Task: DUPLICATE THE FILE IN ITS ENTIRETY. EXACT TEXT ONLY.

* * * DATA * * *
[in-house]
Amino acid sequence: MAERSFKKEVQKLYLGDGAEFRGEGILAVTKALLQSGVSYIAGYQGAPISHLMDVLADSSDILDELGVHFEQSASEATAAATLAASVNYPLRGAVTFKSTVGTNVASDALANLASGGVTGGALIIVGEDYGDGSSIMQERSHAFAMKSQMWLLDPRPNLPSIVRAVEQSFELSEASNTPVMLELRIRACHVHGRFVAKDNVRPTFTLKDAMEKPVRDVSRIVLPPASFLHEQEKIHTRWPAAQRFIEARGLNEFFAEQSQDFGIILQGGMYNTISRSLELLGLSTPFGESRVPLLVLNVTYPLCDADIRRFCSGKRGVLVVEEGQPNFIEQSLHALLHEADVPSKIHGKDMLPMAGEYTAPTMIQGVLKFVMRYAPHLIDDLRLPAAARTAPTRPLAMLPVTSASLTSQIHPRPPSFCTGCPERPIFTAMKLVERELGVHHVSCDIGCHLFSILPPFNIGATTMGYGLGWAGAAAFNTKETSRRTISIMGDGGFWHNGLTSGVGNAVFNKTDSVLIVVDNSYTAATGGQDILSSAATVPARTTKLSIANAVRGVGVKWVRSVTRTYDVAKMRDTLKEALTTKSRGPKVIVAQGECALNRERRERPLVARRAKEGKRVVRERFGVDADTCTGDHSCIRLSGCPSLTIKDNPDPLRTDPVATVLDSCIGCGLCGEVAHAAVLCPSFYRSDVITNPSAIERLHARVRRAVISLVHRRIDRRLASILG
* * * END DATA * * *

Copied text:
[in-house]
Amino acid sequence: MAERSFKKEVQKLYLGDGAEFRGEGILAVTKALLQSGVSYIAGYQGAPISHLMDVLADSSDILDELGVHFEQSASEATAAATLAASVNYPLRGAVTFKSTVGTNVASDALANLASGGVTGGALIIVGEDYGDGSSIMQERSHAFAMKSQMWLLDPRPNLPSIVRAVEQSFELSEASNTPVMLELRIRACHVHGRFVAKDNVRPTFTLKDAMEKPVRDVSRIVLPPASFLHEQEKIHTRWPAAQRFIEARGLNEFFAEQSQDFGIILQGGMYNTISRSLELLGLSTPFGESRVPLLVLNVTYPLCDADIRRFCSGKRGVLVVEEGQPNFIEQSLHALLHEADVPSKIHGKDMLPMAGEYTAPTMIQGVLKFVMRYAPHLIDDLRLPAAARTAPTRPLAMLPVTSASLTSQIHPRPPSFCTGCPERPIFTAMKLVERELGVHHVSCDIGCHLFSILPPFNIGATTMGYGLGWAGAAAFNTKETSRRTISIMGDGGFWHNGLTSGVGNAVFNKTDSVLIVVDNSYTAATGGQDILSSAATVPARTTKLSIANAVRGVGVKWVRSVTRTYDVAKMRDTLKEALTTKSRGPKVIVAQGECALNRERRERPLVARRAKEGKRVVRERFGVDADTCTGDHSCIRLSGCPSLTIKDNPDPLRTDPVATVLDSCIGCGLCGEVAHAAVLCPSFYRSDVITNPSAIERLHARVRRAVISLVHRRIDRRLASILG